The argument over U.S. southern border security is highly politicized, hotly contested, and almost always without bipartisan consensus. Building up the border is the proposal many conservative voices on immigration insist is a necessity. However, the further militarization of border towns like Nogales, Arizona—less than an hour from Tucson—poses its own dangers to migrants crossing the brutal Arizona deserts, as well as creates a hostile environment for the residents of the towns just north of the fence.
The Tucson sector of the U.S.-Mexico border has increased the number of Border Patrol agents on the ground, brought in new technology for border check points as well as unmanned drones in the desert, and allowed for apprehension patrols to extend beyond the immediate areas surrounding border towns. With the expansion of border security, however, has come a shift in migration patterns and environment south of the border that poses a severe threat to those seeking better opportunities in America.
Amplified border patrols and new-and-improving technology have improved efficiency to at least some extent in most, if not all, sectors of the border. But it has come at the cost of increased cartel violence as members struggle to move drugs across and resort to using migrants by force rather than give up moving supply. Hopeful immigrants now have to cross in far more remote, severe areas of the desert to avoid both security and cartels, putting them at greater risk for death by environment and violence.
Tougher Security, Fewer Migrants
Eddy, an undocumented immigrant now living in Tucson and with a history of nearly 10 times crossing from Mexico into the U.S., said the security build-up isn’t halting immigration completely.
“That’s not going to stop them,” Eddy said of the increased security technology alone.
But, combined with criminal activity south of the border, immigrants are not hurrying to cross the fences in the same mass numbers of earlier in the decade.
“It’s hard to cross right now,” Eddy said. “There are less people crossing than three years ago [when I had to cross more often].”
Brent Cagen, a border patrol agent in the Tucson sector, said apprehensions of persons crossing the border have decreased significantly over the past decade: fiscal year 2000 recorded 616,000 apprehensions, while 2012 recorded 120,000.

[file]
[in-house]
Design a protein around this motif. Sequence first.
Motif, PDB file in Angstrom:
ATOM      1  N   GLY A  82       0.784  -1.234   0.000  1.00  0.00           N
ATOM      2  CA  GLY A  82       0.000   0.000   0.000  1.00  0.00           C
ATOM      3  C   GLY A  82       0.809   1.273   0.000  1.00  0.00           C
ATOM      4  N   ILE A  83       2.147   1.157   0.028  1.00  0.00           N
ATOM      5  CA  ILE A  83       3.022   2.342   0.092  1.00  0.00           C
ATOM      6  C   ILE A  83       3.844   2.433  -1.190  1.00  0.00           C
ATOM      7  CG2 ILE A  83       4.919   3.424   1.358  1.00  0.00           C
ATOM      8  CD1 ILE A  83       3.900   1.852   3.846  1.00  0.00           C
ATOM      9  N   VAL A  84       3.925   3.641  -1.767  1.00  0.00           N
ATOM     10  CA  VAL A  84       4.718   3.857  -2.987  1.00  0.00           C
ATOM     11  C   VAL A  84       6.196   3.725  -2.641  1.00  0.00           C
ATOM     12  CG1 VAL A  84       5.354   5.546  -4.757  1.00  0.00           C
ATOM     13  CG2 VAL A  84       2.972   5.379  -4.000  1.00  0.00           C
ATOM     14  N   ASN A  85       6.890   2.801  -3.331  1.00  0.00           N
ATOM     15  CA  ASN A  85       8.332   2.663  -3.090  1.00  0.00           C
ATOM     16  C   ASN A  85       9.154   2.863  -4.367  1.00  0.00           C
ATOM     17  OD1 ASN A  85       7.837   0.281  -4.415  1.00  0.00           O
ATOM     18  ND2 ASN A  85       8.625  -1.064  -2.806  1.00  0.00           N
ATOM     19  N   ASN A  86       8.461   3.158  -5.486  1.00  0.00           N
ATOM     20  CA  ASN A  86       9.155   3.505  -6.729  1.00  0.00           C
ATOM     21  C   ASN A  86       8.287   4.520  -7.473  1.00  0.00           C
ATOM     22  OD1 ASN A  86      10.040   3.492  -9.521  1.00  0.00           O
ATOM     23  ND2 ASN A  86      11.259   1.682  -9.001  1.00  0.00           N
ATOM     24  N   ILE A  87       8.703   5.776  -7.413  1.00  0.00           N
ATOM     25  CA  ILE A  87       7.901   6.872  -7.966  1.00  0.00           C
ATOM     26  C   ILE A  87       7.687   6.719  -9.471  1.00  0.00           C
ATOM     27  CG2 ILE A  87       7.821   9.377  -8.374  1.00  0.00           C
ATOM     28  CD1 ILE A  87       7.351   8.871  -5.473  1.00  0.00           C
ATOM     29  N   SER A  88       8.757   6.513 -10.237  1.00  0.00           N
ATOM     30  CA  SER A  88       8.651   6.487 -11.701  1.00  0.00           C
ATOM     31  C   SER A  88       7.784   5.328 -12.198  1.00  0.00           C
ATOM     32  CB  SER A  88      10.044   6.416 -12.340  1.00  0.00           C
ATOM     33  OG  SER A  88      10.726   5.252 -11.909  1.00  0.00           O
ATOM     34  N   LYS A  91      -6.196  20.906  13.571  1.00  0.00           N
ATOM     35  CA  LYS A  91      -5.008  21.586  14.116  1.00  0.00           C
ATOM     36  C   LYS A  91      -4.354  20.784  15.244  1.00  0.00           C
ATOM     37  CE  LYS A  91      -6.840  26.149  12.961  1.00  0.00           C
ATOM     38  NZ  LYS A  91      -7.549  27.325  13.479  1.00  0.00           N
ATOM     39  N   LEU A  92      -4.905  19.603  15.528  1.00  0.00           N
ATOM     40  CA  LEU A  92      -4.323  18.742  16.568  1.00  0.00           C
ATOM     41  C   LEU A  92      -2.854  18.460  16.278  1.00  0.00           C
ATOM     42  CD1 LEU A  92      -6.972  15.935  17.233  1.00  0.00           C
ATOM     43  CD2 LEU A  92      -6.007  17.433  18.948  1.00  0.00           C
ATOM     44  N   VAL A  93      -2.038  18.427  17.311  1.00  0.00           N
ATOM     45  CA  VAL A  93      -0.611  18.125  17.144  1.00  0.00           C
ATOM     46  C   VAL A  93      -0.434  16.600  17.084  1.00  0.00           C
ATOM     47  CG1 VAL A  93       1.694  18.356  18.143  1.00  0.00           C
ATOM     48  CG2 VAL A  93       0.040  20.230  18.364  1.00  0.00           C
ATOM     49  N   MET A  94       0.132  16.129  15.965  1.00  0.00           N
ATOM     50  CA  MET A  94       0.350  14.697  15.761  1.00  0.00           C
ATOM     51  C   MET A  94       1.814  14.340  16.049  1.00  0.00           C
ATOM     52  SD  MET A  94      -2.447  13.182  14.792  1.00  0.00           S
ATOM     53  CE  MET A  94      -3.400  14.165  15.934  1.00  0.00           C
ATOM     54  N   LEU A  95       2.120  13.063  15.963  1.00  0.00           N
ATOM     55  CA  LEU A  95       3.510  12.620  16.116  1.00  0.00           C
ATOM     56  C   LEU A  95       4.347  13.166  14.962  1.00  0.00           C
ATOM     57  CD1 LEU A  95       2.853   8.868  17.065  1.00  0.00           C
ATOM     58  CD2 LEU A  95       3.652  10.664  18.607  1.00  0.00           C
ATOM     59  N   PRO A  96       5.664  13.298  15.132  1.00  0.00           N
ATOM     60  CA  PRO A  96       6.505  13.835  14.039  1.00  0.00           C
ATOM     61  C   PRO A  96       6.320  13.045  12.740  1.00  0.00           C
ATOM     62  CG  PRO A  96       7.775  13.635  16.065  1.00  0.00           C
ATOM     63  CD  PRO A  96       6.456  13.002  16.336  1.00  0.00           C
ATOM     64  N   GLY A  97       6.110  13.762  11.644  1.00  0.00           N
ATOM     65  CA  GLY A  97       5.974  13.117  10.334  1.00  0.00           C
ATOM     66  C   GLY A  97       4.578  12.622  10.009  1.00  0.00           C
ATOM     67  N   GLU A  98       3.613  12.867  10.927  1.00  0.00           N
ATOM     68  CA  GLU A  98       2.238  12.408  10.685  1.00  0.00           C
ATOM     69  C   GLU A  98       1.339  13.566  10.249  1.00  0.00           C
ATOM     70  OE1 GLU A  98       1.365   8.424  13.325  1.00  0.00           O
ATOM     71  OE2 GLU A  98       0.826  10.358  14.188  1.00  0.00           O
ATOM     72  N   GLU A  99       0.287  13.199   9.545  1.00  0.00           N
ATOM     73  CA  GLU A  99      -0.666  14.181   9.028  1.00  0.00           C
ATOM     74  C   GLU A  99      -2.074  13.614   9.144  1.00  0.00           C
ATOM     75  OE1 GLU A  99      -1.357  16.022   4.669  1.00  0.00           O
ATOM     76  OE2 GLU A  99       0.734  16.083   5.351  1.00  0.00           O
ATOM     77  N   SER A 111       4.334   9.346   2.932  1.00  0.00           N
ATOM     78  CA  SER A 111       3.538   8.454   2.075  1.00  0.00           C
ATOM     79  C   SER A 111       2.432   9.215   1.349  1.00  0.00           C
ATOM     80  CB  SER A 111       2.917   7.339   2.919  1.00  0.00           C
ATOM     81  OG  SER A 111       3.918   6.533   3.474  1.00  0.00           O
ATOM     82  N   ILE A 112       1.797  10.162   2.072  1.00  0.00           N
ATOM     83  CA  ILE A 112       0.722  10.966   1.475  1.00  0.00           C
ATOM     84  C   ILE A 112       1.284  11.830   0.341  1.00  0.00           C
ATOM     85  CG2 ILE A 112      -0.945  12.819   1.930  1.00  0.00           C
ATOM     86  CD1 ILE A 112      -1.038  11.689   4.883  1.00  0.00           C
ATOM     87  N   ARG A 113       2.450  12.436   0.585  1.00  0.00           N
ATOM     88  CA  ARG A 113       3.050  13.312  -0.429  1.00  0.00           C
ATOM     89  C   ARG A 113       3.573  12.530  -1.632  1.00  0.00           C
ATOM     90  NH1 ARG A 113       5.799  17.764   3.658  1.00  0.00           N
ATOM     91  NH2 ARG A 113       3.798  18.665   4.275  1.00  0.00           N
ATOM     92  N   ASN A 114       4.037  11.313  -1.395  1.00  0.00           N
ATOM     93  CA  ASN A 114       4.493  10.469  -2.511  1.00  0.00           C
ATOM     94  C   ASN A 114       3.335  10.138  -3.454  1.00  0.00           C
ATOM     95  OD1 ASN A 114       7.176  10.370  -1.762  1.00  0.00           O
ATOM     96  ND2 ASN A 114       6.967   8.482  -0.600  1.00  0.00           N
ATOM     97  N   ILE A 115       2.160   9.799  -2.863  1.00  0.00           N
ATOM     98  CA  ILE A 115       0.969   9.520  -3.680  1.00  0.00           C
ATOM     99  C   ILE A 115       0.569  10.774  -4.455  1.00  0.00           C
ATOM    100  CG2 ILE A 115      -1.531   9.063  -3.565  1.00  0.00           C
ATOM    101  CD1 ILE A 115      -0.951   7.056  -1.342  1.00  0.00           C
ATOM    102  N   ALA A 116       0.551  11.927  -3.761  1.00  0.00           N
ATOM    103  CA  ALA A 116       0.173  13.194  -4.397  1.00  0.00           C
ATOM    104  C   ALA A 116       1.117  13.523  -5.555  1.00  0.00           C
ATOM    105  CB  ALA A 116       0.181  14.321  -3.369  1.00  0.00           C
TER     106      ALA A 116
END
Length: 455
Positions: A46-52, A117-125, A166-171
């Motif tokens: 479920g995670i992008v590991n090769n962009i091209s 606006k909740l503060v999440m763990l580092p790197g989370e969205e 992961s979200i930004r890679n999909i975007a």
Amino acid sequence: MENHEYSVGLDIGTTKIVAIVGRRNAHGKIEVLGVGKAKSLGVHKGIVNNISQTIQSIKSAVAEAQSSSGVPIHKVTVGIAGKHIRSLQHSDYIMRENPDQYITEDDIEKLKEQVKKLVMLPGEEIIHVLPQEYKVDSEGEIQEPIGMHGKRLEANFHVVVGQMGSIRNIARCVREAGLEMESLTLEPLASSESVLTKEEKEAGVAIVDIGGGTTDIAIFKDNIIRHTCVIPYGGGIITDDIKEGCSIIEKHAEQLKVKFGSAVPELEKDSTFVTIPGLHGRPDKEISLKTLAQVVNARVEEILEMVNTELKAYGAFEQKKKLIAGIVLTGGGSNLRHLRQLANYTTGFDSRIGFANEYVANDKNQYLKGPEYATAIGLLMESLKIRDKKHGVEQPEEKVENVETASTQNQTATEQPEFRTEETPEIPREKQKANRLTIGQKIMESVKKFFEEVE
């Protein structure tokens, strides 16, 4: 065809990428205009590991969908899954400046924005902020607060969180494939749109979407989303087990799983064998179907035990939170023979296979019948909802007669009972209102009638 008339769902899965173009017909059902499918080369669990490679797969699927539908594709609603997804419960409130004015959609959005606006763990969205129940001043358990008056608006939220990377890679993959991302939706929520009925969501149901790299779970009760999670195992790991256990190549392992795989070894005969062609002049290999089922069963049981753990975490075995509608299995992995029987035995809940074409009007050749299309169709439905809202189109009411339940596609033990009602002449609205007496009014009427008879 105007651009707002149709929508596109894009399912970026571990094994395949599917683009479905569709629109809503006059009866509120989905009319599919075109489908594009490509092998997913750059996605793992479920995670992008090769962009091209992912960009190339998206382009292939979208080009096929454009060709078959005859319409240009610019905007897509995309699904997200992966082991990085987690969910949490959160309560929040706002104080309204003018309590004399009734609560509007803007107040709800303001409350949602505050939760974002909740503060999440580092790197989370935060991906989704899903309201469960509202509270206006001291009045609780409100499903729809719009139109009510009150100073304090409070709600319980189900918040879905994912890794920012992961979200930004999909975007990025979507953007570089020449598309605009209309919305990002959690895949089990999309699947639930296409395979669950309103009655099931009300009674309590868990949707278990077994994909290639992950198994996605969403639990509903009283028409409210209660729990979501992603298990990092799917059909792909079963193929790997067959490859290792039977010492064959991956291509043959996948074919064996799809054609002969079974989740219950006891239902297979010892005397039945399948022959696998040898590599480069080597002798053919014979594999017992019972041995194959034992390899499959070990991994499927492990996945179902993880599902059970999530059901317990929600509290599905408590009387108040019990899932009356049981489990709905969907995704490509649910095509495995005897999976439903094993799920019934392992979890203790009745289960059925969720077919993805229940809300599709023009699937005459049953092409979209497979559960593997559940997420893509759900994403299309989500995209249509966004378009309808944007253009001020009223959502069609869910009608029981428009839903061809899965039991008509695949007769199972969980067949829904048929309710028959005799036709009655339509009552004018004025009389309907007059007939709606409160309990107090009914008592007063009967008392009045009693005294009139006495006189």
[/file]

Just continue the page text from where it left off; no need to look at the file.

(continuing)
Cagen attributed the decrease in human apprehensions to “far more effective” consequences being used by Border Patrol.
“If you look at the year 2000, we were using a consequence where, basically, we would just return the individual…to Mexico, and they could, in theory, re-cross a short time later,” Cagen said.
He contrasted that to today’s practice: many migrants are now apprehended and put into locations away from Tucson—often Texas and Southern California—and taken back into Mexico from a very different location. The undocumented migrants are then in a region of Mexico where they are not in close proximity to their initial crossing location, which is often near a city with a network of support for their arrival and settlement.
While this may be a deterrent, it is also not a single solution.
The data on apprehensions as reported by Border Patrol do not put into context the number of “got aways”—migrants who successfully made the cross without getting caught.
A report by the Bipartisan Policy Center released in May 2013 said that based on a 2012 Government Accountability Office report, “[E]ffectiveness rates are clearly improving, but…effectiveness rates among sectors are not strictly comparable because data-collection practices were only standardized” in September of 2012.
Per the numbers in the report, the Tucson sector boasted a 2011 effectiveness rate of about 86 percent—meaning overall, the Tucson sector Border Patrol met the goals of securing the border by migrant and drug apprehensions at 86 percent. The “magic number” in many legislative border security proposals is 90 percent. But even being so close to that goal, the Tucson sector had a got aways rate of 13 percent of migrant crossings in 2011—equating to 25,376 migrants who successfully eclipsed Border Patrol.
While much of the national focus could be placed on the number of migrants in versus migrants back out, the issue is further complicated by the growing dangers on the southern side of the fence.
Heightened Border Patrol Increases Cartel Desperation
According to Cagen, undocumented immigrants alone are not the notable threat at the border. Claiming that title are the transnational criminal organizations—the drug cartels mostly operating out of Mexico, El Salvador, Guatemala, and Honduras whose profits (and increasing power) heavily rely on distribution and sales in the U.S.
The increase in security technology—which includes unmanned drones and agent patrols placed farther into remote desert areas—has forced cartels to adapt quickly the ways in which they move narcotics across the border.